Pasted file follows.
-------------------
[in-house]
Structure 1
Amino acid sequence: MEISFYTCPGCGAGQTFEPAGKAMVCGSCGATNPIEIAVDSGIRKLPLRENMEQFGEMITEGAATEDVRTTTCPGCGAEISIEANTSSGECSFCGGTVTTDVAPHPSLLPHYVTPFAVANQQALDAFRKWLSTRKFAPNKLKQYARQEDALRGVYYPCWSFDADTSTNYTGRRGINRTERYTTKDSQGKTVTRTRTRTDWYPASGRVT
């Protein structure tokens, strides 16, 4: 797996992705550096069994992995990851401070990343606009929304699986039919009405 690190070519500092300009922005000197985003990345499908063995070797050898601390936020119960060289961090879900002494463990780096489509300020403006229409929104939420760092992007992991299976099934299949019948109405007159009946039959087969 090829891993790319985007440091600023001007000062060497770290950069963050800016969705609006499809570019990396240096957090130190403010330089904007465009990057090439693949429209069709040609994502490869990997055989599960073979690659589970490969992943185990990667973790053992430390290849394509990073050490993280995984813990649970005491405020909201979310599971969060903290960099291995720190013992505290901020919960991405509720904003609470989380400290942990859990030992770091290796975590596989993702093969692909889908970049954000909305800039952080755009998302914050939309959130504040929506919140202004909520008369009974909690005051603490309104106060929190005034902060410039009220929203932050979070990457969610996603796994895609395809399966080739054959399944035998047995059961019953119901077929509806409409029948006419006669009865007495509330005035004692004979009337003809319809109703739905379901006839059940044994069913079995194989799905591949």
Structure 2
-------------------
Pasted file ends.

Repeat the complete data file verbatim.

[in-house]
Structure 1
Amino acid sequence: MEISFYTCPGCGAGQTFEPAGKAMVCGSCGATNPIEIAVDSGIRKLPLRENMEQFGEMITEGAATEDVRTTTCPGCGAEISIEANTSSGECSFCGGTVTTDVAPHPSLLPHYVTPFAVANQQALDAFRKWLSTRKFAPNKLKQYARQEDALRGVYYPCWSFDADTSTNYTGRRGINRTERYTTKDSQGKTVTRTRTRTDWYPASGRVT
């Protein structure tokens, strides 16, 4: 797996992705550096069994992995990851401070990343606009929304699986039919009405 690190070519500092300009922005000197985003990345499908063995070797050898601390936020119960060289961090879900002494463990780096489509300020403006229409929104939420760092992007992991299976099934299949019948109405007159009946039959087969 090829891993790319985007440091600023001007000062060497770290950069963050800016969705609006499809570019990396240096957090130190403010330089904007465009990057090439693949429209069709040609994502490869990997055989599960073979690659589970490969992943185990990667973790053992430390290849394509990073050490993280995984813990649970005491405020909201979310599971969060903290960099291995720190013992505290901020919960991405509720904003609470989380400290942990859990030992770091290796975590596989993702093969692909889908970049954000909305800039952080755009998302914050939309959130504040929506919140202004909520008369009974909690005051603490309104106060929190005034902060410039009220929203932050979070990457969610996603796994895609395809399966080739054959399944035998047995059961019953119901077929509806409409029948006419006669009865007495509330005035004692004979009337003809319809109703739905379901006839059940044994069913079995194989799905591949």
Structure 2